# Reply To: Retrocausal Bohm Model

#2811
Dustin Lazarovici
Participant

Dear Rod,

I was trying to study your paper. I think your motivations are exactly right and the paper contains a lot of exciting ideas. I must admit that I have great difficulties understanding the model, though. In part, it may just be an issue of (bad) notations, but many things don’t even make sense to me on the formal level.

For instance, at the very beginning, you introduce x and x’ as space-time coordinates. Hence, Psi(x,x’) is a multi-time wave-function of two particles. I don’t even know then what you mean when you talk about the wave-functions “before” and “after” measurement, since all the wave-functions seem to be defined on the entire space-time (or multiple copies thereof).

In the following, I already don’t understand equation (1). The right-hand-side of the equation seems to depend on the time-coordinate of particle 2, whereas the LHS doesn’t. And even if you fixed a particle time t’, the expression would be strikingly not Lorentz invariant, since you integrate over one particular spacelike hypersurface in one particular frame.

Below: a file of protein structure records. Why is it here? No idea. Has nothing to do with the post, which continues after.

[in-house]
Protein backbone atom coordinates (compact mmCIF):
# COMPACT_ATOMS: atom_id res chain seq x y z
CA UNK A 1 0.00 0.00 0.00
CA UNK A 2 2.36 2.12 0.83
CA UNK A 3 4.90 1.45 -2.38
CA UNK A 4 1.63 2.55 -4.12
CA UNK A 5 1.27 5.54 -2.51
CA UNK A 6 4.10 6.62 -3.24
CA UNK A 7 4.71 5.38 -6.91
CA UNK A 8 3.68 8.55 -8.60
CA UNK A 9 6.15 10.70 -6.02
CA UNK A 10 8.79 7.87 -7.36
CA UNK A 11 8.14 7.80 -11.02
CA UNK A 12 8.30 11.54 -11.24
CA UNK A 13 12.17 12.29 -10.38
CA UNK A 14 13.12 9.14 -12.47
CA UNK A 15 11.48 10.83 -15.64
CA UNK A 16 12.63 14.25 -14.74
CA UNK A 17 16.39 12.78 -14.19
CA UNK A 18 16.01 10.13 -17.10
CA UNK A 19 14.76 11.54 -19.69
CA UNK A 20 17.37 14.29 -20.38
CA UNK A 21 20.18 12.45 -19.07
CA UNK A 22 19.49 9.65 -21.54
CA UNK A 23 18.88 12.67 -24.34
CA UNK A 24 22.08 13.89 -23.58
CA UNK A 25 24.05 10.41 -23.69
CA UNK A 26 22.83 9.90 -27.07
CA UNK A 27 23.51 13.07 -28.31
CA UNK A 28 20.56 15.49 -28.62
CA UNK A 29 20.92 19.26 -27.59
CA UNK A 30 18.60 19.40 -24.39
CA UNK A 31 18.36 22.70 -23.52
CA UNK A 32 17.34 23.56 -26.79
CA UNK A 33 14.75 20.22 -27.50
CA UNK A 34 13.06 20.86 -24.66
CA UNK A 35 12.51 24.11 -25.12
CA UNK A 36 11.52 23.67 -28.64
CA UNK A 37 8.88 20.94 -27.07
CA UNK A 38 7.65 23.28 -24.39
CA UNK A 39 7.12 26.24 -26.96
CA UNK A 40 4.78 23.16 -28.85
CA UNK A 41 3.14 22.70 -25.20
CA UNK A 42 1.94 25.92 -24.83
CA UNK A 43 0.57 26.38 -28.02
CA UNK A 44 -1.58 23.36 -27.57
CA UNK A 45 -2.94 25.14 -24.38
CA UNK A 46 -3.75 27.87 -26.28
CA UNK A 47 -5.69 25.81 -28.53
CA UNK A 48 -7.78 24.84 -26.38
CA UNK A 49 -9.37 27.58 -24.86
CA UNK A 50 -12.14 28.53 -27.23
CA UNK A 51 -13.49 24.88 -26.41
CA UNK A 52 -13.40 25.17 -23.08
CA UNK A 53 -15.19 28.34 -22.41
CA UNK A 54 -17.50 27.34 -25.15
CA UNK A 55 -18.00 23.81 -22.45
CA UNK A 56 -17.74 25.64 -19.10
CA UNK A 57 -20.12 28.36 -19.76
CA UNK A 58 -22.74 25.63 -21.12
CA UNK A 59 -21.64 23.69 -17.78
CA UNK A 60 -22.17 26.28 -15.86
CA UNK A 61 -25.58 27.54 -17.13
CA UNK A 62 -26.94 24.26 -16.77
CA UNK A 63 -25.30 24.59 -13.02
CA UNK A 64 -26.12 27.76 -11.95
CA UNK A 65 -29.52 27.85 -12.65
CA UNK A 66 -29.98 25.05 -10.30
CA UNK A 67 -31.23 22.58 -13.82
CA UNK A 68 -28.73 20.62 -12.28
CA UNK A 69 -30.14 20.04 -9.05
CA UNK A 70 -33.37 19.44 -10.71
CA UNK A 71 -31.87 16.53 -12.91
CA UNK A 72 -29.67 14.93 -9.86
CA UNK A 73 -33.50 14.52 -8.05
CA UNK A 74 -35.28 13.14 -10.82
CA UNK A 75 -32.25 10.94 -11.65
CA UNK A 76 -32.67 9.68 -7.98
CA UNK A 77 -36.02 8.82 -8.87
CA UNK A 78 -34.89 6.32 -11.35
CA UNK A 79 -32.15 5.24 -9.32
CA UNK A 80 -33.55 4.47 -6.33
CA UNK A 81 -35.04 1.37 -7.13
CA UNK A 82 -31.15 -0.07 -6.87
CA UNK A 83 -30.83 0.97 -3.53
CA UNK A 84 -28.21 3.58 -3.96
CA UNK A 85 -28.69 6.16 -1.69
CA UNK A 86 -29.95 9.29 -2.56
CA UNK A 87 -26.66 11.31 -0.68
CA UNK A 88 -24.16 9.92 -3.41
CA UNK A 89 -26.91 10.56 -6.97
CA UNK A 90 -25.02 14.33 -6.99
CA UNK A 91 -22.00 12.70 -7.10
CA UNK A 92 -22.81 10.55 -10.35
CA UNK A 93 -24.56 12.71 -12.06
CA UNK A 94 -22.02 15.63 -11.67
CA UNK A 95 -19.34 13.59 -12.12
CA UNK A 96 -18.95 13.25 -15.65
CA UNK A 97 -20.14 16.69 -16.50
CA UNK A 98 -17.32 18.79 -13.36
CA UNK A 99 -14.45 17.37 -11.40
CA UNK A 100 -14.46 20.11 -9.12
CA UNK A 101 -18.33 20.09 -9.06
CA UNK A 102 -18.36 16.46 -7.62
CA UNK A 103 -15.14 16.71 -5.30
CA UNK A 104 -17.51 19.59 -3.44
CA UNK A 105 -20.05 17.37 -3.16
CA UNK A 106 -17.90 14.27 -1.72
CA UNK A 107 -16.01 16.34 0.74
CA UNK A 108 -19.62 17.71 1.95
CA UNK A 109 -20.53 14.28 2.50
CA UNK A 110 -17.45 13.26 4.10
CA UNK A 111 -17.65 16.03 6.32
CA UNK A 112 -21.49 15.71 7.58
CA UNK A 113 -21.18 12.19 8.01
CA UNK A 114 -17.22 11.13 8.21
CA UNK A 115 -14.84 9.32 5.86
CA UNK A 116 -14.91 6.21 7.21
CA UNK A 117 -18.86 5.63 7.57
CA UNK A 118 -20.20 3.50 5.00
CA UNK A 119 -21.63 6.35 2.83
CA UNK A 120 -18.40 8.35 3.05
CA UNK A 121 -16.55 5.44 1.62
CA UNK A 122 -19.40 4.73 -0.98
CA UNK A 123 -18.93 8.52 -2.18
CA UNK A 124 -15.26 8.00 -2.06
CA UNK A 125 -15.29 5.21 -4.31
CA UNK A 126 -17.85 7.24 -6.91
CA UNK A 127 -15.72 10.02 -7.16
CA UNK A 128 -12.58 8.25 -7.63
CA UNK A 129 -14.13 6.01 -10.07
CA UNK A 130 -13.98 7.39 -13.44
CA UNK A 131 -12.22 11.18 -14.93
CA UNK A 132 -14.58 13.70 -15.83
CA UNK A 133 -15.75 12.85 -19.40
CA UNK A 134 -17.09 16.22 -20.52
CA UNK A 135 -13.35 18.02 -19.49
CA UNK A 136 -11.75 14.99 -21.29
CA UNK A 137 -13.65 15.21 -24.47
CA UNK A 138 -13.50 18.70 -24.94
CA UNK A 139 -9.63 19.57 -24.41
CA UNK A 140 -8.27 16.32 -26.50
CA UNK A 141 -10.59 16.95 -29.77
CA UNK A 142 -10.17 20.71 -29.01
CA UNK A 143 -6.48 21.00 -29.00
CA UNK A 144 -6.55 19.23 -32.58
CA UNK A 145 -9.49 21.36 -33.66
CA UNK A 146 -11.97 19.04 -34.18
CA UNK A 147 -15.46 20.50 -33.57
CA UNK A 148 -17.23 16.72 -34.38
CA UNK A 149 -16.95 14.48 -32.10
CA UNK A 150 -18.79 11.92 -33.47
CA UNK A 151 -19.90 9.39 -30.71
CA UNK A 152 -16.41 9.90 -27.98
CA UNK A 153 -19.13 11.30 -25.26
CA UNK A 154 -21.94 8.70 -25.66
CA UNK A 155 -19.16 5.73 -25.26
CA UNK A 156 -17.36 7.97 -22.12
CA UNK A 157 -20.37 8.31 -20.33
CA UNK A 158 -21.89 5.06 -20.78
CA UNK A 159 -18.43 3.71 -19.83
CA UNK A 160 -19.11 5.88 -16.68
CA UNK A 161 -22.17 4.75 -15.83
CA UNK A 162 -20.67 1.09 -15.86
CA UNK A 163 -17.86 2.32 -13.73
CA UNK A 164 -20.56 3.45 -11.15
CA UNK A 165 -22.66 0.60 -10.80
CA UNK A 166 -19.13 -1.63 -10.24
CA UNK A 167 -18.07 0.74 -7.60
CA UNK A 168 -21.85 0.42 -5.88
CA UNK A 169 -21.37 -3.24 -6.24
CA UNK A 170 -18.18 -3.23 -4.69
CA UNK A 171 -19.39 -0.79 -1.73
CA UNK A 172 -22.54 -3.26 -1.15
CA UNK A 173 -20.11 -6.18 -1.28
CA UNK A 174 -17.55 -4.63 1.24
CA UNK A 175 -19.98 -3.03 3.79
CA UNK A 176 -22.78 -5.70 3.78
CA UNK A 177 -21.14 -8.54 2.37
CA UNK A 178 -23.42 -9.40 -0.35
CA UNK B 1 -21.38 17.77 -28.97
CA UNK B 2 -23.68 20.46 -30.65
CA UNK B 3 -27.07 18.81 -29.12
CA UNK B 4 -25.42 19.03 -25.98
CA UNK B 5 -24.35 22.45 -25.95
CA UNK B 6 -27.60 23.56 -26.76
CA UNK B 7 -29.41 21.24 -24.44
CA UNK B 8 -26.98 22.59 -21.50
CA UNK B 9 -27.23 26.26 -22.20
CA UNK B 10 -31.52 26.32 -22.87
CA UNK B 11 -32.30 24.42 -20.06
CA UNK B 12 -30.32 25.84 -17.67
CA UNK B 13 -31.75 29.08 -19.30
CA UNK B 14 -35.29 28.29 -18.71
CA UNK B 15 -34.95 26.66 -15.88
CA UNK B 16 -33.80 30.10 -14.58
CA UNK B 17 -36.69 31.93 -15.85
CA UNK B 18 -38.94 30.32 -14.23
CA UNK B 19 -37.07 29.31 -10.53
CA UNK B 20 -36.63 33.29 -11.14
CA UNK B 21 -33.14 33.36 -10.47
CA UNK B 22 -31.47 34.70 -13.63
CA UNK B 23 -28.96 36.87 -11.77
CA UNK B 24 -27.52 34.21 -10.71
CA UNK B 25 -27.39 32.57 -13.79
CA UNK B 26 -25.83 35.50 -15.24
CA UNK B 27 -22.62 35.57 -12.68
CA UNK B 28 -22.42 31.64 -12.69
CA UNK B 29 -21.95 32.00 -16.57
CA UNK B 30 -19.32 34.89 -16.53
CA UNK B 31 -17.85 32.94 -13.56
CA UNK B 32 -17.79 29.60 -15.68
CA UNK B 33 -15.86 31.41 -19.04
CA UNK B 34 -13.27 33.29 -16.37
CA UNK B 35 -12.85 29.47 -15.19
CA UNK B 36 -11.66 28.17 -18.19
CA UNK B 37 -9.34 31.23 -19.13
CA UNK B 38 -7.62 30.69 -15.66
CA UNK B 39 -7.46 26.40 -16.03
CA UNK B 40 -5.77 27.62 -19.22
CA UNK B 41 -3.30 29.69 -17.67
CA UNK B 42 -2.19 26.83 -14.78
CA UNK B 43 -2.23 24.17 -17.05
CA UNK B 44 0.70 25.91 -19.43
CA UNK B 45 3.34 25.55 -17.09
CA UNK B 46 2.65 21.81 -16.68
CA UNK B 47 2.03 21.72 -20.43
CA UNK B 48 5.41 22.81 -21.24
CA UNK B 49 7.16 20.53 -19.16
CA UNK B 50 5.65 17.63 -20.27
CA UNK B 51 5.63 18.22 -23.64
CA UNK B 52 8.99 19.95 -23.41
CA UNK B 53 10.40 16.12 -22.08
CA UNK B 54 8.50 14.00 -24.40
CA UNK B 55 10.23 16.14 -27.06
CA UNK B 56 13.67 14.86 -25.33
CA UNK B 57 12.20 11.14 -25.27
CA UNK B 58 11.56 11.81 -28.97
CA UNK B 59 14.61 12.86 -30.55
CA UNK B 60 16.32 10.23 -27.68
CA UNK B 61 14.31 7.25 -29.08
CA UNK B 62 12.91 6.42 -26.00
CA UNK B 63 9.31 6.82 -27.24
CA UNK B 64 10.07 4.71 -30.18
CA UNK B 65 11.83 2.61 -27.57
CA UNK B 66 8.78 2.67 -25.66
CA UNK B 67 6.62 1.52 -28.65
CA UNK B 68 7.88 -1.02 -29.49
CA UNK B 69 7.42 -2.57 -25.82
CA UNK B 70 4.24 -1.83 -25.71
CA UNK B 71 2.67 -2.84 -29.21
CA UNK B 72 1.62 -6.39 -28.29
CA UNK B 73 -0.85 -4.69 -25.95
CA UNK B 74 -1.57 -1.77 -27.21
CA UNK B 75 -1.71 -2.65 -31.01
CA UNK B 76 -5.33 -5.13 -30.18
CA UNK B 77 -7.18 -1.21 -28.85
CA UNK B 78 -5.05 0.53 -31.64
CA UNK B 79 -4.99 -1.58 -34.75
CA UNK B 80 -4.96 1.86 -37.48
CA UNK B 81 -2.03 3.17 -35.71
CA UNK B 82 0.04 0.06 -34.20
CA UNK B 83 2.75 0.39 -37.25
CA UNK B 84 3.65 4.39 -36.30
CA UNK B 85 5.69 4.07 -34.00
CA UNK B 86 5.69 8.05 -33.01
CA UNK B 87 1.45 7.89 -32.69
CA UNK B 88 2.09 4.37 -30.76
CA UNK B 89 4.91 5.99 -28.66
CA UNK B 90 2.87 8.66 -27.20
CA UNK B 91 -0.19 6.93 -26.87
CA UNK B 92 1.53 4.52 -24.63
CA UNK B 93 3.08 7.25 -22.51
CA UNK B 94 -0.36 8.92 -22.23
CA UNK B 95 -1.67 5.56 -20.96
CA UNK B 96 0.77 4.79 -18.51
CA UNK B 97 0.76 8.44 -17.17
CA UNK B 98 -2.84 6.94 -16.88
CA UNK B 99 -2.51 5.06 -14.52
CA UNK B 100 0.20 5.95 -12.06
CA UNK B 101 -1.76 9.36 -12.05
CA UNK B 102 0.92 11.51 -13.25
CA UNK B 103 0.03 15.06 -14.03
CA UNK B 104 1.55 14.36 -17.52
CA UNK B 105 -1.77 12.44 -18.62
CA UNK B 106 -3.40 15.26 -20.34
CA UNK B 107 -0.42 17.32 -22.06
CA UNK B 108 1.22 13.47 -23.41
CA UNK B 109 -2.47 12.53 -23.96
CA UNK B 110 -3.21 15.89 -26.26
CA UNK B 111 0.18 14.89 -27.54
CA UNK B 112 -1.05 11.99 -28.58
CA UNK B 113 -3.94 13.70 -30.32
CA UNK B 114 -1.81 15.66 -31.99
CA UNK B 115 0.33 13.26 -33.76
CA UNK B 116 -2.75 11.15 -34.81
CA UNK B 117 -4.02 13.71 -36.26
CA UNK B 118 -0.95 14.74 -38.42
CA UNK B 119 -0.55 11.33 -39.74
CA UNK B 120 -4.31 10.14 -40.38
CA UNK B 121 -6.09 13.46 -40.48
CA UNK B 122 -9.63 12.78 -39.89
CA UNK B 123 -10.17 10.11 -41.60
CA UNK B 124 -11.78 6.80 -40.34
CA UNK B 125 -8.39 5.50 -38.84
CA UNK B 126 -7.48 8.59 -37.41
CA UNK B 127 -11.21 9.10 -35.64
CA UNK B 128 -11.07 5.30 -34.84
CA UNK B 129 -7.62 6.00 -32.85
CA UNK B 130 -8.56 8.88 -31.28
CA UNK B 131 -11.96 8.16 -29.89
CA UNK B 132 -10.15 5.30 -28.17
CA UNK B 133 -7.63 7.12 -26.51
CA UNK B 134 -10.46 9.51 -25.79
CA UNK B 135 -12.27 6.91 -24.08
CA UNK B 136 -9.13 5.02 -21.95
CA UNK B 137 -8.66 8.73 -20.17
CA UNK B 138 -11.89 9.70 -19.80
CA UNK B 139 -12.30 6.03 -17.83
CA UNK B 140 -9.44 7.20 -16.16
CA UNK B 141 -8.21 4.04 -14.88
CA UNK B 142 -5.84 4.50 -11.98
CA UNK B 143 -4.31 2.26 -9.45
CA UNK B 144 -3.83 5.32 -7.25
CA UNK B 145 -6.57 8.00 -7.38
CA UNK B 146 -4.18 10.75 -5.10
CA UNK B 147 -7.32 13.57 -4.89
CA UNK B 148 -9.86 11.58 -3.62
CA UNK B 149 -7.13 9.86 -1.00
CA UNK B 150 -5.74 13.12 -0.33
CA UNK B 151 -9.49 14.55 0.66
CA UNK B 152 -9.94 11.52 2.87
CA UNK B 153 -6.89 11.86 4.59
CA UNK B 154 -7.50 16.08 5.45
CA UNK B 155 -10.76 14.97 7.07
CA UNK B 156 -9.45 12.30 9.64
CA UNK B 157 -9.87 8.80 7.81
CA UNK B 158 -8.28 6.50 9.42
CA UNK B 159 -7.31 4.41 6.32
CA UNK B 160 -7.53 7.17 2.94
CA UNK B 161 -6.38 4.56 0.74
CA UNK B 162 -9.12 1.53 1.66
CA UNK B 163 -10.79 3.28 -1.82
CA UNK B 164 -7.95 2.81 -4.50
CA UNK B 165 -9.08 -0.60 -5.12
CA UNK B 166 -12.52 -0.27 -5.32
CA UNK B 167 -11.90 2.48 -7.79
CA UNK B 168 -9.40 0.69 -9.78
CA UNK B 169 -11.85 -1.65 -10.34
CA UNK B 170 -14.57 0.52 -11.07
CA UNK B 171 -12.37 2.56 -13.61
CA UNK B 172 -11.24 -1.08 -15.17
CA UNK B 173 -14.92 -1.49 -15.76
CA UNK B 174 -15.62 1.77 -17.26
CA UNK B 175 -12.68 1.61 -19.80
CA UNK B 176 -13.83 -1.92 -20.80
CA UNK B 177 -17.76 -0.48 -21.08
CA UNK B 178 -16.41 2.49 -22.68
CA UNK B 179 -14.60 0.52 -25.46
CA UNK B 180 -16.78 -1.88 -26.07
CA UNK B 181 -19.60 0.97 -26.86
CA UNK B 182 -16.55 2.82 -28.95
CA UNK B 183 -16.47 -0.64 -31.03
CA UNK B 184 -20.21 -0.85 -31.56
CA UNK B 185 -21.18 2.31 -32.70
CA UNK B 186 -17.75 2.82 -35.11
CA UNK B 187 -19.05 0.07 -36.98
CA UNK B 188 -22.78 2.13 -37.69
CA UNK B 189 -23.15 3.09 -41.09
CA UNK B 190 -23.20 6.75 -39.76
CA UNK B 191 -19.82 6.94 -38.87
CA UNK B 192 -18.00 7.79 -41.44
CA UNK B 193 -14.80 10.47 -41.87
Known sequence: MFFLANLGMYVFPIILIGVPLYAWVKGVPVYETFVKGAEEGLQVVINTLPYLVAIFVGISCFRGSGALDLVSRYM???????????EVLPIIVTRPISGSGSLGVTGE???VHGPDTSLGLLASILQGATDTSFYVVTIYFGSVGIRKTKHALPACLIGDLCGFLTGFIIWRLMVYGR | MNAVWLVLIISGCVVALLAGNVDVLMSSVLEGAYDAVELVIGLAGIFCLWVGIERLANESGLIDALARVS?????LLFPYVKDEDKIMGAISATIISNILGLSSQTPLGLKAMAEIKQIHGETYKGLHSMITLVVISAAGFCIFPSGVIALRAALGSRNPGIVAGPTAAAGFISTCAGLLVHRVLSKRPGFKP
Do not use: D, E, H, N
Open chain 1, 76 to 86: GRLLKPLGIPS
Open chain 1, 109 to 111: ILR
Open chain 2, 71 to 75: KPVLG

My difficulties with the presentation continue from there. For instance, I’m not sure what <x|i> means if |i> is a two-particle wave-function.

I’m not even sure what you mean by the expression <f|i>. Is this a scalar product on 4-dimensional space-time or on a 3-dimensional hypersurface? In the first case, I’m not sure if it defines a transition amplitude. In the second case, the expression (and hence the modified 4-density) is not Lorentz-invariant, since initial and final states are prescribed on certain hypersurfaces.

Maybe it’s just me, as a mathematician, being unfamiliar with the notation or being to picky und unflexible about formalities. But if all of this makes sense, I think your presentation would benefit a lot form being more precise and explicit about these things since they matter in this context.

On a more conceptual level, I don’t understand what your equations of motions are supposed to describe. As far as I can see, your Lagrangian involves only field degrees of freedom. What you call the particle 4-velocity u is actually a velocity field. In so far as your theory is supposed to be inspired by (or similar to) Bohmian mechanics, you seem to confuse the guiding field with the actual velocity of Bohmian particles and/or the variable in the wave-function with the actual position of Bohmian particles.

I’m sorry if I criticize your paper out of mere ignorance, but so far, I wasn’t able to understand what you’re doing and I’d really like to, since if your theory achieved what you claim it does, it would be nothing short of brilliant.

Best, Dustin